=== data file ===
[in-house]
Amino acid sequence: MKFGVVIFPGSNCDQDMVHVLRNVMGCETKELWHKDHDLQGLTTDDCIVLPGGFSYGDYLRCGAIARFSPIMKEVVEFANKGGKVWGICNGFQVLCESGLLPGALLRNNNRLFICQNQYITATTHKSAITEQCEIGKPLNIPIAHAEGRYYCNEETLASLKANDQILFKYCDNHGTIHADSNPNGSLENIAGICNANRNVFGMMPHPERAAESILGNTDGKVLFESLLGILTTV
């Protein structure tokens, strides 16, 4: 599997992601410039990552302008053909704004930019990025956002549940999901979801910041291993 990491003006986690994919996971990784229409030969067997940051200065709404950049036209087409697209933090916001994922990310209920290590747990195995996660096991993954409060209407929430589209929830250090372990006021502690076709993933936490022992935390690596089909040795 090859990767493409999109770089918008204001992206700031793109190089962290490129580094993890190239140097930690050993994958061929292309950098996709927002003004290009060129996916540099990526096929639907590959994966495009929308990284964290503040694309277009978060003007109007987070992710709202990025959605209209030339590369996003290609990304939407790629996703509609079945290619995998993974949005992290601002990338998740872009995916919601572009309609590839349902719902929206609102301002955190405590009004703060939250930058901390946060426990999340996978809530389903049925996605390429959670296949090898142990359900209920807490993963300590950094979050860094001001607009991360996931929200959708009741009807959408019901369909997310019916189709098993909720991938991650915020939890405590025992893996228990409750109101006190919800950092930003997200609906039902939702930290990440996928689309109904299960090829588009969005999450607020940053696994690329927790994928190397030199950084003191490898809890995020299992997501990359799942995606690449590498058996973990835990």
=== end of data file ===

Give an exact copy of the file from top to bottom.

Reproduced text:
[in-house]
Amino acid sequence: MKFGVVIFPGSNCDQDMVHVLRNVMGCETKELWHKDHDLQGLTTDDCIVLPGGFSYGDYLRCGAIARFSPIMKEVVEFANKGGKVWGICNGFQVLCESGLLPGALLRNNNRLFICQNQYITATTHKSAITEQCEIGKPLNIPIAHAEGRYYCNEETLASLKANDQILFKYCDNHGTIHADSNPNGSLENIAGICNANRNVFGMMPHPERAAESILGNTDGKVLFESLLGILTTV
């Protein structure tokens, strides 16, 4: 599997992601410039990552302008053909704004930019990025956002549940999901979801910041291993 990491003006986690994919996971990784229409030969067997940051200065709404950049036209087409697209933090916001994922990310209920290590747990195995996660096991993954409060209407929430589209929830250090372990006021502690076709993933936490022992935390690596089909040795 090859990767493409999109770089918008204001992206700031793109190089962290490129580094993890190239140097930690050993994958061929292309950098996709927002003004290009060129996916540099990526096929639907590959994966495009929308990284964290503040694309277009978060003007109007987070992710709202990025959605209209030339590369996003290609990304939407790629996703509609079945290619995998993974949005992290601002990338998740872009995916919601572009309609590839349902719902929206609102301002955190405590009004703060939250930058901390946060426990999340996978809530389903049925996605390429959670296949090898142990359900209920807490993963300590950094979050860094001001607009991360996931929200959708009741009807959408019901369909997310019916189709098993909720991938991650915020939890405590025992893996228990409750109101006190919800950092930003997200609906039902939702930290990440996928689309109904299960090829588009969005999450607020940053696994690329927790994928190397030199950084003191490898809890995020299992997501990359799942995606690449590498058996973990835990």